The traditional form of teaching, where the instruction revolves around needs and interests generated by the instructor, is called teacher-centered (or instructor-centered) instruction. Learner-centered instruction is education that revolves around the needs and interests of the learners.
Learner-centered instruction (synonymous with student-centered learning) increased learner motivation, engagement, and relevance. Learners are forced to tap into prior knowledge to build on new ideas. This promotes the scaffolding of information.
Teacher-Centered Instruction v.s. Learner-Centered Instruction
There are significant differences between teacher-centered instruction and learner-centered instruction. These include:
- Teacher-centered instruction focuses on what the teacher knows about language and language structures. Learner-centered instruction focuses on how learners will use the language.
- Sage on the Stage. This phrase is a reference to instructors who lecture to an audience of learners. In most settings, this is how a class is conducted. Learner-centered instruction focuses on the instructor modeling the task or skill, followed by learners interacting with each other to do the same.
- Working Together. Usually, the teacher speaks, then the learners work independently. In a learner-centered class, learners work in pairs or groups to solve problems. Groups are not assigned based on ability, but by a sense of belonging and shared responsibility to solve the issue. This also gives learners a chance to reflect on the content, which promotes deeper levels of understanding and problem-solving.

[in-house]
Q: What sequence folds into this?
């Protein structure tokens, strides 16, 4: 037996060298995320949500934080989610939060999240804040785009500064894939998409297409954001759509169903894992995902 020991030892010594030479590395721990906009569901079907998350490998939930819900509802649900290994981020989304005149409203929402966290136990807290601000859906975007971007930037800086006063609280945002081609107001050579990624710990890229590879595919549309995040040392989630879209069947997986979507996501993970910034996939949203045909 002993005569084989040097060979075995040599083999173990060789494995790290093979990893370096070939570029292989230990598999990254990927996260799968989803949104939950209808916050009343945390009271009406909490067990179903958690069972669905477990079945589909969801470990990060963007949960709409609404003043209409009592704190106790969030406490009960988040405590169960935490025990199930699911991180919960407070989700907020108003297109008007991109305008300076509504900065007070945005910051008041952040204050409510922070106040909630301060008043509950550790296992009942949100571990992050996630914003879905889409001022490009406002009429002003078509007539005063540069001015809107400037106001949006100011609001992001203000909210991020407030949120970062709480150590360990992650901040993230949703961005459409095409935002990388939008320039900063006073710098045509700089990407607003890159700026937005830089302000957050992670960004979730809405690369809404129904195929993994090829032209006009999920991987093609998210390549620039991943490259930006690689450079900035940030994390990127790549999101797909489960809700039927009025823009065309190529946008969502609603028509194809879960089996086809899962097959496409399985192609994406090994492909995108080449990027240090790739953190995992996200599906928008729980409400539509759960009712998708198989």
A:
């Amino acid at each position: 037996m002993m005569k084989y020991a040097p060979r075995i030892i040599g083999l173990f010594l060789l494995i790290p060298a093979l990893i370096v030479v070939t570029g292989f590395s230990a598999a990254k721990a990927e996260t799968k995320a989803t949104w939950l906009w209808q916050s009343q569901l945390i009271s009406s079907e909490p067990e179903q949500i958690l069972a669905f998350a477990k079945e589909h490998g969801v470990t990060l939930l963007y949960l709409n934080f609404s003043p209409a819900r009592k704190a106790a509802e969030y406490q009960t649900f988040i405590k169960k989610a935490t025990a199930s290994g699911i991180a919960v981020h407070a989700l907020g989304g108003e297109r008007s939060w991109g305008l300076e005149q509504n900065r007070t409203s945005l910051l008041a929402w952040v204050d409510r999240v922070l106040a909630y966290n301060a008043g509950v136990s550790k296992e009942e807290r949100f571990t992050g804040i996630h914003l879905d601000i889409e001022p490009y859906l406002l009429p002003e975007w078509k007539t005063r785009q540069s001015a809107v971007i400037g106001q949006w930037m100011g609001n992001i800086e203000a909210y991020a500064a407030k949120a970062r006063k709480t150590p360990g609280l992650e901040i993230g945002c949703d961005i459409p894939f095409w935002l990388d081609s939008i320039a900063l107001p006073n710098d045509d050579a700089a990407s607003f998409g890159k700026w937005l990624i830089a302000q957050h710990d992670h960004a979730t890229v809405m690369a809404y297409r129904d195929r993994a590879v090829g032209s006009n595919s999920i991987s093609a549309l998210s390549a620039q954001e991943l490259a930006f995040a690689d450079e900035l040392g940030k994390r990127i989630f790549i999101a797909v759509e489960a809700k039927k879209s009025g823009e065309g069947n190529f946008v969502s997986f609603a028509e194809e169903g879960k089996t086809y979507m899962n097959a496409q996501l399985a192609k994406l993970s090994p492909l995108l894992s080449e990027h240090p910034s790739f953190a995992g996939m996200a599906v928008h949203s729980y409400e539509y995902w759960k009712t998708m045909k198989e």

- Look Who’s Talking. Imagine a class where the learners are in control of the conversation. They speak constantly without interruptions from the instructor. This is a learner-centered class at its finest. The instruction in a learner-centered classroom allows learners to exercise their own learning preferences. It builds on learner’s strengths, interests, and experiences.
- Assessing Learners. In a teacher-centered classroom, the instructor is treated as the source of information. Learners reach out to the teacher to get information for any question they have. In a learner-centered classroom, learners lean on each other for information without much interaction with the instructor. In a learner-centered classroom, the relationship between learners and the instructor is more collaborative.
Moving from teacher-centered instruction to learner-centered instruction can be a challenge. It is often difficult for instructors to relinquish control of the classroom and maintain faith that all the material will be learned. However, instructors can learn to do so by relinquishing small pieces of the curriculum to learners to see how it goes.
Online learning platforms can help instructors to create more learner-centered experiences as well. By allowing learners to collaborate and solve problems in an online setting, the instructor is able to remove him or herself from the experience. Additionally, online learning platforms offer new and innovative ways to assess learners using multimedia authoring tools. Online learning platforms can enhance the learner-centered classroom for instructors and learners alike.
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